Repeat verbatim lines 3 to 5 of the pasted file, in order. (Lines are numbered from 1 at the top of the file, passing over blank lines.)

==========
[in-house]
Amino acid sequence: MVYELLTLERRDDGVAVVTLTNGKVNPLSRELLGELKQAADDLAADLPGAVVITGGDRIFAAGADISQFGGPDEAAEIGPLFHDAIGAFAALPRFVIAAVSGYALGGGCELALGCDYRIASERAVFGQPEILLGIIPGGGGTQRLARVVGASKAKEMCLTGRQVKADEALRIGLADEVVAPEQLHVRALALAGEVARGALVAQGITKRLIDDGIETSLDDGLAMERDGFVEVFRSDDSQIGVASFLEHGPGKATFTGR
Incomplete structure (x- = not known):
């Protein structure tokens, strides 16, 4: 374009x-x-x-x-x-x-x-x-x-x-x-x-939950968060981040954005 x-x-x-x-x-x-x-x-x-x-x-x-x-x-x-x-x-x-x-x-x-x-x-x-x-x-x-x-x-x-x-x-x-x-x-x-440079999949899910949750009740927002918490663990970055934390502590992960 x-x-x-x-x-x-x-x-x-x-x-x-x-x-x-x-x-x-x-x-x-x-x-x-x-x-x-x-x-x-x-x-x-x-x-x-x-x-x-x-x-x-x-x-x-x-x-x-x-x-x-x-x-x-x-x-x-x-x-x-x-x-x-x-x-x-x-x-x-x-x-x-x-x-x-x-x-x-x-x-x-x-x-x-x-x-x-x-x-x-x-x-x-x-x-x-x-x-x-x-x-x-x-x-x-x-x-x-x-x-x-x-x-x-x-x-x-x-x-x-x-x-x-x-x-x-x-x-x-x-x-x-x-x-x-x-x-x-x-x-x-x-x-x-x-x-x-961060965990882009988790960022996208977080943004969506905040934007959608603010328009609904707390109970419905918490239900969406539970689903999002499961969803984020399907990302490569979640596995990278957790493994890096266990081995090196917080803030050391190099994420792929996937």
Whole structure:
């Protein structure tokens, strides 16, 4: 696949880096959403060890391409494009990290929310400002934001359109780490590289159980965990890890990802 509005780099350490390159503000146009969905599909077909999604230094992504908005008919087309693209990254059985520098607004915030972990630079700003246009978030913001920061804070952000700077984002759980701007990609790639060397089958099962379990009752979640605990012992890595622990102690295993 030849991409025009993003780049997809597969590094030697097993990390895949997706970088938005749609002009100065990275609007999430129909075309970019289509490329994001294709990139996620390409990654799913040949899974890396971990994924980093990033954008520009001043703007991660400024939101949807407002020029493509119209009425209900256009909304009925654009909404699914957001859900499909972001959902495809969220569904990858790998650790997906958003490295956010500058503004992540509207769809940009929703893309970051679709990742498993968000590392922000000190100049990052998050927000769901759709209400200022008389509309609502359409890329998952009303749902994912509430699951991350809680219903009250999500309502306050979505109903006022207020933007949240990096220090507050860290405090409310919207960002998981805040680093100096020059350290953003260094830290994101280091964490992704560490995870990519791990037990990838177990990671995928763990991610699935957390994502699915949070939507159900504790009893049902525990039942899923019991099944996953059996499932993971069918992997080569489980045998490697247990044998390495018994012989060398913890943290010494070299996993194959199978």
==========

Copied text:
Incomplete structure (x- = not known):
């Protein structure tokens, strides 16, 4: 374009x-x-x-x-x-x-x-x-x-x-x-x-939950968060981040954005 x-x-x-x-x-x-x-x-x-x-x-x-x-x-x-x-x-x-x-x-x-x-x-x-x-x-x-x-x-x-x-x-x-x-x-x-440079999949899910949750009740927002918490663990970055934390502590992960 x-x-x-x-x-x-x-x-x-x-x-x-x-x-x-x-x-x-x-x-x-x-x-x-x-x-x-x-x-x-x-x-x-x-x-x-x-x-x-x-x-x-x-x-x-x-x-x-x-x-x-x-x-x-x-x-x-x-x-x-x-x-x-x-x-x-x-x-x-x-x-x-x-x-x-x-x-x-x-x-x-x-x-x-x-x-x-x-x-x-x-x-x-x-x-x-x-x-x-x-x-x-x-x-x-x-x-x-x-x-x-x-x-x-x-x-x-x-x-x-x-x-x-x-x-x-x-x-x-x-x-x-x-x-x-x-x-x-x-x-x-x-x-x-x-x-x-961060965990882009988790960022996208977080943004969506905040934007959608603010328009609904707390109970419905918490239900969406539970689903999002499961969803984020399907990302490569979640596995990278957790493994890096266990081995090196917080803030050391190099994420792929996937």
Whole structure: